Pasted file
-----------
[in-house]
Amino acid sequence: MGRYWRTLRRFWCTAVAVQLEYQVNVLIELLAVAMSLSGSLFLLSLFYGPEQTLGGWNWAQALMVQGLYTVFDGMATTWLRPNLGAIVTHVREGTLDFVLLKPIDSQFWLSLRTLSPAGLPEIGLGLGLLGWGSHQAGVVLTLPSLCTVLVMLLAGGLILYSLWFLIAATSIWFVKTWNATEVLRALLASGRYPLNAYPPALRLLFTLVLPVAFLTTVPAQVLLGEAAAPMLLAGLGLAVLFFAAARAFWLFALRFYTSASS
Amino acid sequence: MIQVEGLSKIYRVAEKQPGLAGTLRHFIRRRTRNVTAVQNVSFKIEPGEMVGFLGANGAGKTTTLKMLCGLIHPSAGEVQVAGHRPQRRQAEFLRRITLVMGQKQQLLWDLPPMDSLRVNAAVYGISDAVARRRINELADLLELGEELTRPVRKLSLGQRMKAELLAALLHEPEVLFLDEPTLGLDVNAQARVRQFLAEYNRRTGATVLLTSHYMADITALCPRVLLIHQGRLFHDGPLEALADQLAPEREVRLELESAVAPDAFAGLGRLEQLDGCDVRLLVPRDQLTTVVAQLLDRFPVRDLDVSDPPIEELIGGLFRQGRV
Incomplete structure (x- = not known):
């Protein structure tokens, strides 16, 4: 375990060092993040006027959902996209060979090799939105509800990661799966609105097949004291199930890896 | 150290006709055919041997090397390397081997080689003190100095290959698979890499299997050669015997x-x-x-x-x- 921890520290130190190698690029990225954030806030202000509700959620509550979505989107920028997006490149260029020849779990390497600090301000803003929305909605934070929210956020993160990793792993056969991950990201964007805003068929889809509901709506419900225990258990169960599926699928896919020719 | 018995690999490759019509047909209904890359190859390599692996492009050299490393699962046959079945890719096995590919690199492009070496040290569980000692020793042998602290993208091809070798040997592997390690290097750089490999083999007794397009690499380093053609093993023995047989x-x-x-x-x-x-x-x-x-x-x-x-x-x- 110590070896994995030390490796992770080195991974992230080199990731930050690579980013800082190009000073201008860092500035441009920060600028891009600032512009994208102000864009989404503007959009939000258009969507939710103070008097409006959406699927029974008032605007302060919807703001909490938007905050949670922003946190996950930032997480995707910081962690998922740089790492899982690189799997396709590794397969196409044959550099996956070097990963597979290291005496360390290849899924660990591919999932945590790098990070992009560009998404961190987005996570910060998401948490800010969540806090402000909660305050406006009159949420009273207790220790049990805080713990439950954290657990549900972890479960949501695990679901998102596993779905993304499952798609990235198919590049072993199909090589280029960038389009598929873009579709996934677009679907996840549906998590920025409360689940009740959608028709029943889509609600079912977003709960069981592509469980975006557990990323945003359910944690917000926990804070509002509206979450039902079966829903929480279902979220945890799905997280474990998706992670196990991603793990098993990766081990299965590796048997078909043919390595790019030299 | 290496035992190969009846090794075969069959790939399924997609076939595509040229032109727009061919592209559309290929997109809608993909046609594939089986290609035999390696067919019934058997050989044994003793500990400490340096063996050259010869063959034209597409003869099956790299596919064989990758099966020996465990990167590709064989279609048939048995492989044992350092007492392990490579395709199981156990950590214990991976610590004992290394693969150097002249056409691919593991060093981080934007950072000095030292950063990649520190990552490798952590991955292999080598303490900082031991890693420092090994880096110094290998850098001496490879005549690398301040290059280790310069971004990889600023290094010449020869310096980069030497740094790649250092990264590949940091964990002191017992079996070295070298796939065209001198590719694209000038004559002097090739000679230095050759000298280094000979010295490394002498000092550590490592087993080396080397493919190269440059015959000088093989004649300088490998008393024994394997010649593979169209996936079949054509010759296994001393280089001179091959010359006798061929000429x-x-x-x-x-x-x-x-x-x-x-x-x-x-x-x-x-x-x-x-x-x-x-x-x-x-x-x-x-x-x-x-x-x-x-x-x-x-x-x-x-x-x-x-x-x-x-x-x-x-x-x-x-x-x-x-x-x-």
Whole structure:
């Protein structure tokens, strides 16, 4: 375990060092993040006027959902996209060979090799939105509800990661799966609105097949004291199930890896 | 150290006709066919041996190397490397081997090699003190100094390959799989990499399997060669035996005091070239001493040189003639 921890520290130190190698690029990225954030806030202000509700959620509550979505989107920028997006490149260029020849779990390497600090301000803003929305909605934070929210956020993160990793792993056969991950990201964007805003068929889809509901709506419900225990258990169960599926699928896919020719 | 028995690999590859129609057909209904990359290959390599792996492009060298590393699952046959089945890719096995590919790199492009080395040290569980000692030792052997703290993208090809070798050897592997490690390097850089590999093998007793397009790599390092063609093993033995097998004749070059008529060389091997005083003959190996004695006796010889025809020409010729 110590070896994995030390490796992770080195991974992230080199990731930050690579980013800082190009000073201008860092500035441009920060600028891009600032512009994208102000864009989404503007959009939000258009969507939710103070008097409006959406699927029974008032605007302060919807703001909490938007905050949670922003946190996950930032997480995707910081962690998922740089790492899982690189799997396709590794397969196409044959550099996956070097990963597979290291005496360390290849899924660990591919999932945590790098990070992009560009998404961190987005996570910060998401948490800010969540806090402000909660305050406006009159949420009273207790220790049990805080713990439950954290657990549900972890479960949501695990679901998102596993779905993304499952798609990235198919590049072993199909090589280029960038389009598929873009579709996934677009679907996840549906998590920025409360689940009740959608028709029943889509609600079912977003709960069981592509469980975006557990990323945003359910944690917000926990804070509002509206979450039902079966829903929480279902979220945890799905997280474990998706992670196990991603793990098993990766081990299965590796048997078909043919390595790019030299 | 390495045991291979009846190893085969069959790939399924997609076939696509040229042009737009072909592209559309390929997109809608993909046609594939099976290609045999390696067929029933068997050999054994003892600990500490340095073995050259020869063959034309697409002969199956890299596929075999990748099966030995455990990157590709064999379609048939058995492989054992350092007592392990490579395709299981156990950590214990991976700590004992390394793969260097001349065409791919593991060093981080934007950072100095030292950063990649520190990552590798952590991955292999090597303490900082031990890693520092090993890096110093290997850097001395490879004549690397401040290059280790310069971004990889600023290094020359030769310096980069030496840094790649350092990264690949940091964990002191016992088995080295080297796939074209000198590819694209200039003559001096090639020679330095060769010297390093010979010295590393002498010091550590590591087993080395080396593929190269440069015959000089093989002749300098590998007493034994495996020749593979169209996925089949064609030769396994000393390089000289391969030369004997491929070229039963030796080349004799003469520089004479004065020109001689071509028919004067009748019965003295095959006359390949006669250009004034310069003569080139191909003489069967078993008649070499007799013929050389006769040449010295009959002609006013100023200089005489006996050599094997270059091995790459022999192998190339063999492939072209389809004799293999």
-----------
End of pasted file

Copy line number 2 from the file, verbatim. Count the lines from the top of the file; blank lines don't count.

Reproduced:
Amino acid sequence: MGRYWRTLRRFWCTAVAVQLEYQVNVLIELLAVAMSLSGSLFLLSLFYGPEQTLGGWNWAQALMVQGLYTVFDGMATTWLRPNLGAIVTHVREGTLDFVLLKPIDSQFWLSLRTLSPAGLPEIGLGLGLLGWGSHQAGVVLTLPSLCTVLVMLLAGGLILYSLWFLIAATSIWFVKTWNATEVLRALLASGRYPLNAYPPALRLLFTLVLPVAFLTTVPAQVLLGEAAAPMLLAGLGLAVLFFAAARAFWLFALRFYTSASS